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Jailed: Redbridge husband and wife ringleaders of sham marriage cartel

PUBLISHED: 12:50 05 April 2018

Ayaz Khan and Jurgita Pavlovskyte. Photo: CFI

Ayaz Khan and Jurgita Pavlovskyte. Photo: CFI

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A Redbridge husband and wife who arranged sham marriages in an attempt to flout immigration rules have been jailed for a combined total of 11 years.

Jurgita Pavlovskyte. Photo: CFIJurgita Pavlovskyte. Photo: CFI

Jurgita Pavlovskyte, 25, and her 33-year-old husband Ayaz Khan were convicted of conspiracy to assist unlawful immigration at the Old Bailey on March 27.

The couple, who lived in Danehurst Gardens, flew Lithuanian women into the UK to marry Pakistani men who had no leave to remain or whose leave which was due to expire imminently.

The unions were marketed as business deals costing 3,000 Euros, with all the brides aged 18 to 25.

The couple’s finances were investigated by the Immigration Enforcement’s Criminal and Financial Investigation (CFI).

Ayaz Khan. Photo: CFIAyaz Khan. Photo: CFI

It was revealed that payments made into their account coincided with marriages which would go on to aid applications for residency submitted to the Home Office.

The Lithuanian women would arrive for the ceremony and depart shortly after, in some instances once their fees had been paid.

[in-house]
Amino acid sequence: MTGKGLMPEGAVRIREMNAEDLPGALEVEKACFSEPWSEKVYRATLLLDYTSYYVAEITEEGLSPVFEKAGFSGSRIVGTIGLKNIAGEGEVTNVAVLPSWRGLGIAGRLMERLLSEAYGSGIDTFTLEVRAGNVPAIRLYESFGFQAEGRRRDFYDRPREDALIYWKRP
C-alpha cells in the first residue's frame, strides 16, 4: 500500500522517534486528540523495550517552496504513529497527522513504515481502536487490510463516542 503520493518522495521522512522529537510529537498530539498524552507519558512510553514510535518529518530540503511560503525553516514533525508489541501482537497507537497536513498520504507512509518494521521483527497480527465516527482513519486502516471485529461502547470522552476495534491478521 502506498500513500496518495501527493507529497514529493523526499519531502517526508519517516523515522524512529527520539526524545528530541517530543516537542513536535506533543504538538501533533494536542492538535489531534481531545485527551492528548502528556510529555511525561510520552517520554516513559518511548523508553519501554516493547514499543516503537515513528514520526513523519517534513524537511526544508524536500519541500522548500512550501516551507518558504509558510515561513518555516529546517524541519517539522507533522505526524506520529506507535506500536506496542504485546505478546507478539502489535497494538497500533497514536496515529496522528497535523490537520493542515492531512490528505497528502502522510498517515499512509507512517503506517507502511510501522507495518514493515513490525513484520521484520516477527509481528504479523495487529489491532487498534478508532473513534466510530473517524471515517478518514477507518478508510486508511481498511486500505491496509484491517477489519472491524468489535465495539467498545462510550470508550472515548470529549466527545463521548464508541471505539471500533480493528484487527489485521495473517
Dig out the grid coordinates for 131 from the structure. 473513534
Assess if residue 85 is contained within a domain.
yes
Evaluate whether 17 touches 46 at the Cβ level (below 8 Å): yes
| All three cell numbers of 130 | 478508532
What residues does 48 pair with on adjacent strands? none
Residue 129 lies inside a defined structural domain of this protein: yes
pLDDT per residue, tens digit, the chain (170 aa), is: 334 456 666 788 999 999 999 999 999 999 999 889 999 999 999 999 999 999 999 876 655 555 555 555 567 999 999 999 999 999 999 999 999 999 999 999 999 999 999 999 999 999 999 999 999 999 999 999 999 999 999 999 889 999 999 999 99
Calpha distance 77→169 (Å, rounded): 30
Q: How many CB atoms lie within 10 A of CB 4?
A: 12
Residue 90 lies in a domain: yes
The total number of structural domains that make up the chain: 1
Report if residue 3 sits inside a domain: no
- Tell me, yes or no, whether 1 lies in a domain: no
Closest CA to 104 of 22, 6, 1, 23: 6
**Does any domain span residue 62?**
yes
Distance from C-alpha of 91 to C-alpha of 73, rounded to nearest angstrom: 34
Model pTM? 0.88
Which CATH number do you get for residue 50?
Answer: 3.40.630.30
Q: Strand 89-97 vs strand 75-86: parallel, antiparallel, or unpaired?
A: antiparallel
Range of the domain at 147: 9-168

Khan has been jailed for six years and Pavlovskyte for five.

Six other ring members were also convicted during an eight-week trial at the Old Bailey.

Seven Kings resident Tatjana Rolic, of Landsdowne Road, was convicted of facilitation and was given an 18 month sentence, suspended for two years along with Valerija Bartosevic, of John Williams Close, South Bermondsey.

The others were Irfan Farooq and Diana Stankevic, of Nelson Gardens, Hounslow; Muhammad Saqlain, of Worcester Gardens, Slough; Sheikh Ahmad, also of John Williams Close, South Bermondsey.

Stankevic, the third in command of the group, was handed a three year sentence for her roles as an interpreter, arranging false documents and helping men with their Home Office applications for leave to remain in the UK.

Saqlain also was handed a three-year sentence for collecting the Lithuanian girls from the airports when they arrived and helping prepare them for marriage interviews.

Farooq and Ahmad were both jailed for 18 months for obtaining leave to be in the country by entering into sham marriages.

Assistant Director David Fairclough from the Immigration Enforcement CFI team, said: “This was an organised criminal operation, and not the genuine enterprise Pavlovskyte and Khan made it out to be.”


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